A few weeks ago, Chicago’s own Nnedi Okorafor spoke about writing, Afrofuturism, and her award-winning Binti series at the TEDGlobal 2017 conference in Arusha, Tanzania. Check out the entire video below, or scroll down for highlights. The third and final novella in the series, Binti: The Night Masquerade, comes out January 16, 2018 from Tor.com Publishing. Photo courtesy of TED.
On “classic science fiction” vs. Afrofuturism
I can best explain the difference between classic science fiction and Afrofuturism if I use the octopus analogy. Like humans, octopuses are some of the most intelligent creatures on earth. However, octopus intelligence evolved from a different evolutionary line, separate from that of human beings, so the foundation is different. The same can be said about the foundations of various forms of science fiction.
So much of science fiction speculates about technologies, societies, social issues, what’s beyond our planet, what’s within our planet. Science fiction is one of the greatest and most effective forms of political writing. It’s all about the question, “What if?” Still, not all science fiction has the same ancestral bloodline, that line being Western-rooted science fiction, which is mostly white and male. We’re talking Isaac Asimov, Jules Verne, H.G. Wells, George Orwell, Robert Heinlein, etc.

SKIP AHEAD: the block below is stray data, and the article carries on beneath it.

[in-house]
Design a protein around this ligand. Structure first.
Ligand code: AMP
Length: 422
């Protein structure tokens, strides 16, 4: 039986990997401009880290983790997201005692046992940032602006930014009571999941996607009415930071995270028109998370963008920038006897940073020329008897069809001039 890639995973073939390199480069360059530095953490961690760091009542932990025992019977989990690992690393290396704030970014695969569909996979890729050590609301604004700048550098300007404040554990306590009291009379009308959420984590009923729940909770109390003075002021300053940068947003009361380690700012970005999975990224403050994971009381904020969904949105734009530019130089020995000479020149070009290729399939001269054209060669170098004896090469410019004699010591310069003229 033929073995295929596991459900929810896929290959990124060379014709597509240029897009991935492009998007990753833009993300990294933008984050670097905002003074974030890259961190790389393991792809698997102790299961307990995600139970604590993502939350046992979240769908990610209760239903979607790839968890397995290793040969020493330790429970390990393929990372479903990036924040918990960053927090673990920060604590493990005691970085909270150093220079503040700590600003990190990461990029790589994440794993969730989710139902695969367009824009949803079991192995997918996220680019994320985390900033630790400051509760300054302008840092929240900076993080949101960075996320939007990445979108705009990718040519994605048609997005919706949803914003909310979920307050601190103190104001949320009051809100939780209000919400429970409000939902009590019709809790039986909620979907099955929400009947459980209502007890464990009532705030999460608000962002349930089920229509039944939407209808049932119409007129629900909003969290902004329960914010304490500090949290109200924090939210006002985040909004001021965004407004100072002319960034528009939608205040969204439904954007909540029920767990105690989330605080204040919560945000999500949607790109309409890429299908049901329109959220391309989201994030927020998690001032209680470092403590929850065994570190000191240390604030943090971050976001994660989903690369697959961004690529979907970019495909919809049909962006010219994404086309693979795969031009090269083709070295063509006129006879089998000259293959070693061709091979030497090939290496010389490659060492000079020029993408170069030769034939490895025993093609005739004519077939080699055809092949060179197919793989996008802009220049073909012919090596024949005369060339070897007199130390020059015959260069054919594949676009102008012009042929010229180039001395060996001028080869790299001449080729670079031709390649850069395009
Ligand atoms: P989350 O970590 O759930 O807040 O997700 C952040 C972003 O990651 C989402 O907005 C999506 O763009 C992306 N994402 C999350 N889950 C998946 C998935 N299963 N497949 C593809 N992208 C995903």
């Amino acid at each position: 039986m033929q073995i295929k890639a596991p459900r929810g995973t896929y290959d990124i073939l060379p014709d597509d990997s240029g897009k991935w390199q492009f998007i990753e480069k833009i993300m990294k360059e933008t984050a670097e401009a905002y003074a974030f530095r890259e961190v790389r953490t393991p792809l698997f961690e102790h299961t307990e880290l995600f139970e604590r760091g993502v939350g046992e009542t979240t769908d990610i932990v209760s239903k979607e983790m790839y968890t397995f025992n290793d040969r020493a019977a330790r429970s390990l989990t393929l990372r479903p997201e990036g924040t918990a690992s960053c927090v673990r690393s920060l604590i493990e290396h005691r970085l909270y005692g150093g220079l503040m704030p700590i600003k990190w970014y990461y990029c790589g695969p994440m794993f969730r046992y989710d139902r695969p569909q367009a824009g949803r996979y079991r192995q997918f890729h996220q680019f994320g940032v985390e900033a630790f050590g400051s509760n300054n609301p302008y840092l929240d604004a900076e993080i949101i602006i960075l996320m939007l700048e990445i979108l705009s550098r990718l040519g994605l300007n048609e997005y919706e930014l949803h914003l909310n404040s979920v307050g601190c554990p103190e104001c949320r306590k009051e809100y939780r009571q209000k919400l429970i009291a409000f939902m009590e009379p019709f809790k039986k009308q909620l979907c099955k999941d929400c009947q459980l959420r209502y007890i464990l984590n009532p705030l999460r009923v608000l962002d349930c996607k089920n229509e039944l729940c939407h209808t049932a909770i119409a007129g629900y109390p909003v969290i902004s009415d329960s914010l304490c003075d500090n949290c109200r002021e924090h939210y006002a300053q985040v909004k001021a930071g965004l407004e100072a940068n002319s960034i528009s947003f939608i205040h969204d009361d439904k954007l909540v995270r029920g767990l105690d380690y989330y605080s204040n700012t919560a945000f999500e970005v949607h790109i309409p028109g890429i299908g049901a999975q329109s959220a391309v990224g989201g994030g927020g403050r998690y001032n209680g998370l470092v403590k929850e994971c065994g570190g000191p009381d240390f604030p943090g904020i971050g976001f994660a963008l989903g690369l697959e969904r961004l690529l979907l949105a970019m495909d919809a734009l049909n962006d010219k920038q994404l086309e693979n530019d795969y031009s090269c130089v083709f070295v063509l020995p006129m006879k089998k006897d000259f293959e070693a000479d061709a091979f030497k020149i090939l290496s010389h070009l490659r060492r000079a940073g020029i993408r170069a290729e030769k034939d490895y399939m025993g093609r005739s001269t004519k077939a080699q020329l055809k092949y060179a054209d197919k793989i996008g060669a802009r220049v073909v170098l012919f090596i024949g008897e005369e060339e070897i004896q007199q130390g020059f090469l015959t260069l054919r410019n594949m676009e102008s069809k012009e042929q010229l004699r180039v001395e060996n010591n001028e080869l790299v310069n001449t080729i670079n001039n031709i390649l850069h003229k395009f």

So what if a Nigerian-American wrote science fiction? Growing up, I didn’t read much science fiction. I couldn’t relate to these stories preoccupied with xenophobia, colonization and seeing aliens as others. And I saw no reflection of anyone who looked like me in those narratives.
On Nigeria and America
So I’m Nigerian-American. I was born to two Nigerian immigrant parents and raised in the United States, one of the birthplaces of classic science fiction. However, it was my Nigerian heritage that led me to write science fiction. Specifically I cite those family trips to Nigeria in the late ’90s. I’d been taking trips back to Nigeria with my family since I was very young.
These early trips inspired me. Hence the first story that I ever even wrote took place in Nigeria. I wrote mainly magical realism and fantasy inspired by my love of Igbo and other West African traditional cosmologies and spiritualities. However, in the late ’90s, I started noticing the role of technology in Nigeria: cable TV and cell phones in the village, 419 scammers occupying the cybercafes, the small generator connected to my cousin’s desktop computer because the power was always going on and off. And my Americanness othered me enough to be intrigued by these things that most Nigerians saw as normal.
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